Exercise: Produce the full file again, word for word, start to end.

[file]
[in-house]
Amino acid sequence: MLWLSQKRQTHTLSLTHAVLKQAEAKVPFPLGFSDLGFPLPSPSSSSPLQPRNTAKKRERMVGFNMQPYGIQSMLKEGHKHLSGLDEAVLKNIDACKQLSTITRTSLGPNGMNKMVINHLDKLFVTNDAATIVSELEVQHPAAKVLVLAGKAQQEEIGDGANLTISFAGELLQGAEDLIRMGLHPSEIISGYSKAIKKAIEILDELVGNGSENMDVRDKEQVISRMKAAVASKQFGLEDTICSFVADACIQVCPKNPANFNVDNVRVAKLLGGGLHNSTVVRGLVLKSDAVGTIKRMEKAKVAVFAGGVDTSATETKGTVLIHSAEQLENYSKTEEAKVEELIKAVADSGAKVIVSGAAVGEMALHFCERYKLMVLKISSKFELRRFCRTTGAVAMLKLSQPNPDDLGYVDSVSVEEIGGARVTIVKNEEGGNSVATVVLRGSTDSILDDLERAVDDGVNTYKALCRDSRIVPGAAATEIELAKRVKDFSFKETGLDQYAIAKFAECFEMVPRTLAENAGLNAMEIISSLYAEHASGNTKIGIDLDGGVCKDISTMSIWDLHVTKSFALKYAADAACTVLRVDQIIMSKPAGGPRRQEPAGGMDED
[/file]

[in-house]
Amino acid sequence: MLWLSQKRQTHTLSLTHAVLKQAEAKVPFPLGFSDLGFPLPSPSSSSPLQPRNTAKKRERMVGFNMQPYGIQSMLKEGHKHLSGLDEAVLKNIDACKQLSTITRTSLGPNGMNKMVINHLDKLFVTNDAATIVSELEVQHPAAKVLVLAGKAQQEEIGDGANLTISFAGELLQGAEDLIRMGLHPSEIISGYSKAIKKAIEILDELVGNGSENMDVRDKEQVISRMKAAVASKQFGLEDTICSFVADACIQVCPKNPANFNVDNVRVAKLLGGGLHNSTVVRGLVLKSDAVGTIKRMEKAKVAVFAGGVDTSATETKGTVLIHSAEQLENYSKTEEAKVEELIKAVADSGAKVIVSGAAVGEMALHFCERYKLMVLKISSKFELRRFCRTTGAVAMLKLSQPNPDDLGYVDSVSVEEIGGARVTIVKNEEGGNSVATVVLRGSTDSILDDLERAVDDGVNTYKALCRDSRIVPGAAATEIELAKRVKDFSFKETGLDQYAIAKFAECFEMVPRTLAENAGLNAMEIISSLYAEHASGNTKIGIDLDGGVCKDISTMSIWDLHVTKSFALKYAADAACTVLRVDQIIMSKPAGGPRRQEPAGGMDED